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Why are we still in Afghanistan?

AMY GOODMAN: I wanted to bring Matthew Hoh into this discussion, former Marine Corps captain in Iraq, former State Department official in Afghanistan, the highest-level diplomatic official to quit over the war in Afghanistan. Matthew Hoh, your response to the news last night and what you think this means? You quit over the continued war. Do you think this could mean the end of war?

MATTHEW HOH: Good morning, Amy, and thank you for having me on.

I want to echo Josh just then, because I think his comments were spot on, and I want to refer back to Jeremy’s earlier comments about this is not just good news, but this is also a very good time for somber reflection.

What I think this means for the United States is, this gives closure on 9/11. Ten years after that horrible event, we finally have some degree of closure. We’ve the bogeyman, if you will, who caused all this. So, I think this gives the American public closure on 9/11. And what that—what I hope that translates into is provides some backbone for members of Congress who do not want to engage on the war in Afghanistan. I think everybody should be asking themselves today in the United States, if Osama bin Laden was hiding in an upscale villa an hour or two drive north, northeast of Islamabad, then why did we put 50,000 troops in Afghanistan over the last two years? I think we have to have a real serious conversation on where our war on terror has taken this country, and I think we need to reflect on the real threat. As Josh just stated, Osama bin Laden was more of a figurehead or a spiritual leader than any kind of operational leader. And if we have—so we need to understand al-Qaeda as they exist, as some form of a syndicate that operates through individuals and small cells worldwide that won’t be affected by putting hundreds of thousands of foreign troops in Afghanistan, but is affected by good intelligence work, good police work, and good work by our Special Operations forces in conjunction with foreign governments. So I think this is a very good time for some real somber and rational reflection on the last 10 years.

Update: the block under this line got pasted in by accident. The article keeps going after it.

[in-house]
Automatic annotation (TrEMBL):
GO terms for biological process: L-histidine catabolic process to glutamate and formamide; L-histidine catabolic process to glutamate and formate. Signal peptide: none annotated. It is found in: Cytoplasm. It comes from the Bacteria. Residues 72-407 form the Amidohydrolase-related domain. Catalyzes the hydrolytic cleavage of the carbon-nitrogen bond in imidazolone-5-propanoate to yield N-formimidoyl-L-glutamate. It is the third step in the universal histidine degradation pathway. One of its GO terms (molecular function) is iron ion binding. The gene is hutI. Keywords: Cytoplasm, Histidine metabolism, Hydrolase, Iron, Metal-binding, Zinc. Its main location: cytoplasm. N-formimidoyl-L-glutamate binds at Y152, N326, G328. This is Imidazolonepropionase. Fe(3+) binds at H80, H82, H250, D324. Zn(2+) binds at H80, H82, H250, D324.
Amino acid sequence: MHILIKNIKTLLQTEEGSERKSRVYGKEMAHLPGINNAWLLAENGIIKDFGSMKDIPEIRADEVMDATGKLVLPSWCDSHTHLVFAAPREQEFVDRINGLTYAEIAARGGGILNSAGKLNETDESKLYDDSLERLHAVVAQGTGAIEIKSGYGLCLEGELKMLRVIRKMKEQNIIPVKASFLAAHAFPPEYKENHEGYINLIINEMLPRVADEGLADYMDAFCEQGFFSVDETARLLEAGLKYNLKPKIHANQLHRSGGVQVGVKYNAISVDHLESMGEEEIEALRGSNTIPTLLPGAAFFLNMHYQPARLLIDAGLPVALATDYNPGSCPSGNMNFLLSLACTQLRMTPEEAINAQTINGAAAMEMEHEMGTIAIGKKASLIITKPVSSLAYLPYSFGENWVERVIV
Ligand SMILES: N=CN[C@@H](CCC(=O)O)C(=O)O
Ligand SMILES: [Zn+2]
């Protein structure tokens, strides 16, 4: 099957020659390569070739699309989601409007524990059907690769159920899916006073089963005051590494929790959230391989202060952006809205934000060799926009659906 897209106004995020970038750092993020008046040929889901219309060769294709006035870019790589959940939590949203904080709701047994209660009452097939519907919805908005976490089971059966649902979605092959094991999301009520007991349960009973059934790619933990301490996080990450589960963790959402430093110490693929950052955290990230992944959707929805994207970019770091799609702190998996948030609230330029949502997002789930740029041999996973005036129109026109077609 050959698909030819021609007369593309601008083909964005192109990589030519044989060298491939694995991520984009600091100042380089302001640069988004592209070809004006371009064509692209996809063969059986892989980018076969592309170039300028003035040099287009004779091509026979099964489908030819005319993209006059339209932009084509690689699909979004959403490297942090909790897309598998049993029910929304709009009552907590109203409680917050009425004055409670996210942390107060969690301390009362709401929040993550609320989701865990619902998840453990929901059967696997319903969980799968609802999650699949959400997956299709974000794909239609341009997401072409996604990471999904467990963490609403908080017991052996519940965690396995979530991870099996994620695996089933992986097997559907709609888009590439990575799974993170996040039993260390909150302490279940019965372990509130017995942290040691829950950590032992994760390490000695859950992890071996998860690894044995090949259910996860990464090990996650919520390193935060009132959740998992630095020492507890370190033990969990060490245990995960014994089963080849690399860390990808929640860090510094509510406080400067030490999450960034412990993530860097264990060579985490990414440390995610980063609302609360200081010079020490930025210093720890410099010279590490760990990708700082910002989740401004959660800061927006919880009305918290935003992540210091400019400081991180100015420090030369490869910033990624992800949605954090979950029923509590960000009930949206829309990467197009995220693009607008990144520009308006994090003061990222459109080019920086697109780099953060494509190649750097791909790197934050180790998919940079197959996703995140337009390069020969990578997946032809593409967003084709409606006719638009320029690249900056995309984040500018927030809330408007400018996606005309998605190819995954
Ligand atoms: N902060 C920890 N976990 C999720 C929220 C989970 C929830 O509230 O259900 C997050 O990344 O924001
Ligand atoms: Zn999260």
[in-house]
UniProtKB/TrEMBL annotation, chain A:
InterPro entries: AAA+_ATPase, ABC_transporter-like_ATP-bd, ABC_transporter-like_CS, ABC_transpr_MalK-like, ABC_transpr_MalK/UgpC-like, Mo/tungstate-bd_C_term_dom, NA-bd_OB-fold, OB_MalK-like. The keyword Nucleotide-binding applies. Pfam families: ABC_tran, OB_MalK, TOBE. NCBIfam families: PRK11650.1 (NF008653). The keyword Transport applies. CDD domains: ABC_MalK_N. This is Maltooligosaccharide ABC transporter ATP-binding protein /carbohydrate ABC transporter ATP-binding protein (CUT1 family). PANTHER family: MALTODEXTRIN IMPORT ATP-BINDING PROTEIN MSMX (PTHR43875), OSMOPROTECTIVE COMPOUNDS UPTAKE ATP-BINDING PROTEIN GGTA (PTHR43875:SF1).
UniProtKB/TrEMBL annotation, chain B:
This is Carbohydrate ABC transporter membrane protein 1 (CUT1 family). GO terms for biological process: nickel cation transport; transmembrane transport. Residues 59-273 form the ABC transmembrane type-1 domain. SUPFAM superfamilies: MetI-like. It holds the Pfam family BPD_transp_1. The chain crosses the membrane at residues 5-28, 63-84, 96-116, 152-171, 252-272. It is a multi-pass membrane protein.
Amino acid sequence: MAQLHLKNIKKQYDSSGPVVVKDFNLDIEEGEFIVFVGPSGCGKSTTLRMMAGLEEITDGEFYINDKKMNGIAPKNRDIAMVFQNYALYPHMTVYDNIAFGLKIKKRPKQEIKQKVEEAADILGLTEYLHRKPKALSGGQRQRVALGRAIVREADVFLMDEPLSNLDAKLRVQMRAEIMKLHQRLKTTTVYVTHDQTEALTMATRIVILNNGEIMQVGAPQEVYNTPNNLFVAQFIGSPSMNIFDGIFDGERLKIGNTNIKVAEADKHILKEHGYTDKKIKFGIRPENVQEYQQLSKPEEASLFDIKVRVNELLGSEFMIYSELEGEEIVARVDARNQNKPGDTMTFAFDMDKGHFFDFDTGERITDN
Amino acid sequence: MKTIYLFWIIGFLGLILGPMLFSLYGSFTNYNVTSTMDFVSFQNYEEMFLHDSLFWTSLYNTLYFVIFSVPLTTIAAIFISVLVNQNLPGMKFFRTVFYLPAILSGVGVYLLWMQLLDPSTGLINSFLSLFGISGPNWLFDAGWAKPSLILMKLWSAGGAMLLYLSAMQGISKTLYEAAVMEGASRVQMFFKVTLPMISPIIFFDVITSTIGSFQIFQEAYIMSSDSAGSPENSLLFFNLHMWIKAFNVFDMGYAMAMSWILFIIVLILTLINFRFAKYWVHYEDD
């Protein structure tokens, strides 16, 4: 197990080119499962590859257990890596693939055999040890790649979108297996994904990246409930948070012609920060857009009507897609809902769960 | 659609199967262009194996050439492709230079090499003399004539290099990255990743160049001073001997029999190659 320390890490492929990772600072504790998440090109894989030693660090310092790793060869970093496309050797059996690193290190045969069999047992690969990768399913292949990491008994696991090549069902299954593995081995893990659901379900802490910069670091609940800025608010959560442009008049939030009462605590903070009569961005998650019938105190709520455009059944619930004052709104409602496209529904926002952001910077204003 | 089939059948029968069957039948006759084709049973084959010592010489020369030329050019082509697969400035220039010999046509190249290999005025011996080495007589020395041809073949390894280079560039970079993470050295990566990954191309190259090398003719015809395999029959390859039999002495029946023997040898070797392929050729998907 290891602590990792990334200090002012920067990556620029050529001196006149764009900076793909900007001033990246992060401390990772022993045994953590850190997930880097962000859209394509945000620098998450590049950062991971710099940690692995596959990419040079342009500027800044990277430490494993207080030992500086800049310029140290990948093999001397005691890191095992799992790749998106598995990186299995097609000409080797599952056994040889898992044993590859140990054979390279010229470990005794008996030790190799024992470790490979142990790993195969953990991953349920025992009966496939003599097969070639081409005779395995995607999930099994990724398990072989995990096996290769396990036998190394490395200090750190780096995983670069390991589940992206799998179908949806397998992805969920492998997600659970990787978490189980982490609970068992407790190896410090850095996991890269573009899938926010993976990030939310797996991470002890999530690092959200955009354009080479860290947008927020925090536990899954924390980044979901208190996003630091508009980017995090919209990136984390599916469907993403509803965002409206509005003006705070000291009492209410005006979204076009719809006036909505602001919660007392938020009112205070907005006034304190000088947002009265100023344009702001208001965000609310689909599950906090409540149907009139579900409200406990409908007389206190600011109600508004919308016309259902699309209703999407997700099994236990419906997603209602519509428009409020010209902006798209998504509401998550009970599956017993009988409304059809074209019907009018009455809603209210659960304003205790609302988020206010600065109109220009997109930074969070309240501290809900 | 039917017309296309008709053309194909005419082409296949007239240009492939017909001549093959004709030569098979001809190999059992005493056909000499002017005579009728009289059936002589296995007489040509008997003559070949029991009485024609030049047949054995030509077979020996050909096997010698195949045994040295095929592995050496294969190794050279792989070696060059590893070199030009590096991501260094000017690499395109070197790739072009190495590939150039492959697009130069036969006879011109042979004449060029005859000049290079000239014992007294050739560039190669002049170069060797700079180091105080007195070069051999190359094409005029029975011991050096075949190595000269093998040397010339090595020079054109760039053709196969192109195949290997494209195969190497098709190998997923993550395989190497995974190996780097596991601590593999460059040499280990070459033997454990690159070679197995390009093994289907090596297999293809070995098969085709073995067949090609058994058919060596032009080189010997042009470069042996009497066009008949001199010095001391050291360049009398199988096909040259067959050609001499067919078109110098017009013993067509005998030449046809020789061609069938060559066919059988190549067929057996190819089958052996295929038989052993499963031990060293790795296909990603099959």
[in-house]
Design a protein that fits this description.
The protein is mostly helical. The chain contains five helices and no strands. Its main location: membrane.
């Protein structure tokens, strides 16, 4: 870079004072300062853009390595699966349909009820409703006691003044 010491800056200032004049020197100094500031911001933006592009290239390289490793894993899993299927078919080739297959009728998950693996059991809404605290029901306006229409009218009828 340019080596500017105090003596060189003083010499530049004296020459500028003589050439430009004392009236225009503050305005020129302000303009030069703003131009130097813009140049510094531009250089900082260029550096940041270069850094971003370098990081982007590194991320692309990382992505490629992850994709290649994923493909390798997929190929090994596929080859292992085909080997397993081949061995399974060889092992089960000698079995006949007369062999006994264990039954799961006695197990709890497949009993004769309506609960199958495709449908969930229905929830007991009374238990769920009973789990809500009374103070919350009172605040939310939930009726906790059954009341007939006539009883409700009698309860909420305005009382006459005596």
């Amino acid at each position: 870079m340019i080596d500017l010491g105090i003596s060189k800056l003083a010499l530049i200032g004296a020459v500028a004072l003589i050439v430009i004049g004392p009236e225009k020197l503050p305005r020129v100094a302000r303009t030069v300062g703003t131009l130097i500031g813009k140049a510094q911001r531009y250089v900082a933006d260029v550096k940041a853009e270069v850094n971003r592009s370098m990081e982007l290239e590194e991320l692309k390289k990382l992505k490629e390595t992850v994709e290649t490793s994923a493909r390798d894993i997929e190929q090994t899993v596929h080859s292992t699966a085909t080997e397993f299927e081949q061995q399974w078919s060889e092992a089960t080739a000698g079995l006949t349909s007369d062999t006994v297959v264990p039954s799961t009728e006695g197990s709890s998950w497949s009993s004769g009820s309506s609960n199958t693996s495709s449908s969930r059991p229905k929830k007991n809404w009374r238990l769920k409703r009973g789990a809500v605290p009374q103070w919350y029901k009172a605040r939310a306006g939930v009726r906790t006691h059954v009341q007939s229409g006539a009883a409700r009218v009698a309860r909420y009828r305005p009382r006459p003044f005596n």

AMY GOODMAN: CIA Director Panetta says al-Qaeda will almost certainly attempt to avenge bin Laden’s death—CIA Director Panetta, who could soon become the secretary of defense—right?—replacing Robert Gates. Talk about this—

JEREMY SCAHILL: Right. I mean, the timing of this is interesting—

AMY GOODMAN: Jeremy Scahill.

JEREMY SCAHILL:—because, you know, General David Petraeus is also set to take over the Central Intelligence Agency. And what we’ve seen with General Petraeus’s tenure as CENTCOM commander, U.S. Central Command, and then also as ISAF commander, is really an expansion of targeted killings operations. He brought back air strikes in Afghanistan after General Stanley McChrystal had really taken moves to tamp them down. But more importantly, General Petraeus signed this order in September of 2009 authorizing an expanded use of U.S. Special Operations forces in undeclared battlefields around the world. And Yemen was one of the great playgrounds of that war game.

And so, I think that I would echo what both Josh Foust and Matt Hoh said in terms of not losing vigilance, that this whole thing is going to continue to play out. There are going to continue to be people that want to do harm to Americans around the world, some of whom may identify themselves as al-Qaeda. We’ve played a significant role in inspiring a generation of terrorists to rise up, through our actions. But also, we need to be vigilant in checks and balances within the U.S. military. There’s a lot of lawlessness taking place—targeted killing operations in other countries, drone strikes in places. And, you know, when do people step back and look at the calculus of it? Are we creating new enemies by killing a handful of people in these operations where civilians are also killed? I mean, these are the kinds of questions, I think—we need to get past the moment and look at what does this say, going forward, about how we, as a country, the United States, want to conduct ourselves around the world, but also examining how our actions actually can harm us, come back to haunt us with blowback because of the terrorism that we inspire.